You Know You Want to Open It
“The Impractical Door,” a short story by Chris Haven
You Know You Want to Open It
The Impractical Door
I woke up one morning and didn’t have amnesia. I could remember everything that had ever happened to me, and I knew my name. It was Carl. I also did not awaken in a white hospital room, tethered to strange machines. Furthermore, I had not been cloned. My trusty sheepdog was still by my side, and had not, and I promise you will not, be murdered. He has never herded sheep, though, and for that I am sorry.
What did happen was a door appeared where before there had not been a door. I am an observant person and I had lived in my home for twelve years and there had never been a door in the wall of my bedroom. It looked like the other door, the one that led to the hall, so a less observant person could have passed it by for a couple of days or maybe weeks, but not me. I observed it.
You know several things about me but one thing you probably do not know is that I’m not a snoop. I am a naturally curious person, but only of those things that I seek out. My curiosity is active, not passive. I am not interested in other people’s secrets, for example. For this and other reasons people are often confused by me. The feeling is mutual.
What happened is that I did nothing about the door for a very long time. Why? It seemed completely irrelevant to anything about me. I own a little hotdog shop, open from 11am to midnight, and I can only afford two other employees. I don’t have hours of free time to be opening strange doors.
What could possibly await behind that opened door? The most likely answer is nothing. It probably opens up into a wall, or alternately, it simply opens into the hall. Maybe you will finally believe me when I say I have not completely inspected the other side of the door, so I have no idea if it even plausibly opens into the hallway. There would probably be visible hinges, now that I think about it.
The most unbelievable possibility is that the door is a passageway into another world. Maybe it’s a passage into a different time. I ask, what good would that do me? The chances of ending up in a den of dinosaurs is far greater than any more desirable spot. I like my hotdog shop! I like hotdogs! The door doesn’t bother me!
Then my sheepdog started barking at it. This happened regularly, three times a day, like he was suddenly angry with the door. Like he wanted to tear it apart. Gnaw it to pieces. Maybe he thought there was something behind the door. I am a reliable person, but my sheepdog, it’s true, will sometimes bark for no apparent reason.
However, he does not bark three times a day like clockwork for no apparent reason. At least until now. I’m beginning to think that there might be something more to that door than meets the eye.
So what the hay, it’s now taking up so much of my time thinking of perfectly logical reasons not to open the door that it’s probably reached the point where I should just open it. Dealing with the consequences of opening the door can’t possibly outweigh the bother of explaining myself. With my dog at my side, barking his freaking head off, I open the door.
I am bathed in light. I’m telling you this as if it’s happening right now, but I’ve already done this. I opened the door probably six months ago. Anyhow, I am bathed in light. It is a gorgeous, golden light that feels like nothing I’ve ever experienced. It is the first true moment of peace I have felt in all of my life. This light would never ask me why I didn’t want to open the door. It wouldn’t even occur to it!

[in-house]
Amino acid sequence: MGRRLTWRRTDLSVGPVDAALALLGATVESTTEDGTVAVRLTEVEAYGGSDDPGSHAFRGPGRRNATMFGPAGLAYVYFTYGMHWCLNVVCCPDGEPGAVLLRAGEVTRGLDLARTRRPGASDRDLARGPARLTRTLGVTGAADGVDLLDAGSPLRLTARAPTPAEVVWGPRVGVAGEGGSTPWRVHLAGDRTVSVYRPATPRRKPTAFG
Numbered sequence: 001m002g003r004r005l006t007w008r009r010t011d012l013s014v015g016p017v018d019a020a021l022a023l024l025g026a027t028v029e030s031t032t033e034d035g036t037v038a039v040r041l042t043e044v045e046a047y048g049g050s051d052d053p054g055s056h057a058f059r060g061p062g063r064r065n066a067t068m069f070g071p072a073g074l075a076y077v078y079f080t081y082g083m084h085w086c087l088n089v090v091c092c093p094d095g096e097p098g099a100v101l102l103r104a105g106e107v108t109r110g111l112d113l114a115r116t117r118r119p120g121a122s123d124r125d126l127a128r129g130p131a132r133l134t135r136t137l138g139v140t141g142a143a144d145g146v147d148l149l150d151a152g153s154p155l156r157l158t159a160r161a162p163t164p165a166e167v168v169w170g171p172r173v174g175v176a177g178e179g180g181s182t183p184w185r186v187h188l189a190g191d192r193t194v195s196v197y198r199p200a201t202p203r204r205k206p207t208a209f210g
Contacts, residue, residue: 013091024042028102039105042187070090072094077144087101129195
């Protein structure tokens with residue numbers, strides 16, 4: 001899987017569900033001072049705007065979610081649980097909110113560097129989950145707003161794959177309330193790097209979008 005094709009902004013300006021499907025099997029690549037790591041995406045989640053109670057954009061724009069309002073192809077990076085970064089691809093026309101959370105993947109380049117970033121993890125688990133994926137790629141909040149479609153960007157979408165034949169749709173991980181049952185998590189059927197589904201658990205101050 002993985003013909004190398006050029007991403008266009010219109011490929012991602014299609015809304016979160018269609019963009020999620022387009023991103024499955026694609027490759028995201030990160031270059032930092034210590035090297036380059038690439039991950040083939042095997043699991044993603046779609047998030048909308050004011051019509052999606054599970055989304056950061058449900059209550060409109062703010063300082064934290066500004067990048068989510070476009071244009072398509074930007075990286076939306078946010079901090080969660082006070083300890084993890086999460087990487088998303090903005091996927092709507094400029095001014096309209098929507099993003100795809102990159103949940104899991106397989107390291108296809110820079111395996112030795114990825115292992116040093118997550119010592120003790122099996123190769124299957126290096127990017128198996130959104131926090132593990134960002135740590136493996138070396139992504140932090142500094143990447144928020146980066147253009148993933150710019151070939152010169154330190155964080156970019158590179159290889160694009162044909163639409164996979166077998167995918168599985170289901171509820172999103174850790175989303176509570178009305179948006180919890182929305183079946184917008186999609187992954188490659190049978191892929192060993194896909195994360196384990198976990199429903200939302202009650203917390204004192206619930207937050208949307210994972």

The light communicated to me that this was heaven. If I went through this door, I could skip the pain of death and get right on with eternal life. I can’t explain it to you any better than that without you having been there, so I have to reiterate here, I’m a reliable person.
Your choice, the light says, and that was the end of the sentence. I know it means the ball’s in my court and if I don’t go through now, I’ll not have this opportunity again until death visits, and at that time, I am not guaranteed that this door will appear. Seems there are several different doors and they don’t lead to the same place.
Anyway, if you’re an observant reader, you might have already guessed that I said no. I did not walk through the door. I chose not to skip death. I felt completely understood by the light, and this is why I said no. If I walked through that door, I would never again surprise anyone. Everything that I do, think, or say, would be met with a calm, peaceful, loving smile and warm acceptance.
Who can live like that?
So now, because the door is still there, but cannot be opened, I tell people that my sheepdog built it. He did it after he was in the hospital, tethered to strange machines that performed a procedure on him he can’t remember. He has amnesia, but in reality, behind that door is his clone, and every day, three times a day, they meet, one on one side of the door and the other beyond, so that they might sing their rage to their lost selves as loudly as they possibly can.
About the Author
Chris Haven’s short prose appears or is forthcoming in Denver Quarterly, North American Review, Jellyfish Review, and Kenyon Review. He teaches writing at Grand Valley State University and lives in Grand Rapids, Michigan, where all the doors seem practical.
“The Impractical Door” is published here by permission of the author, Chris Haven. Copyright © Chris Haven 2018. All rights reserved.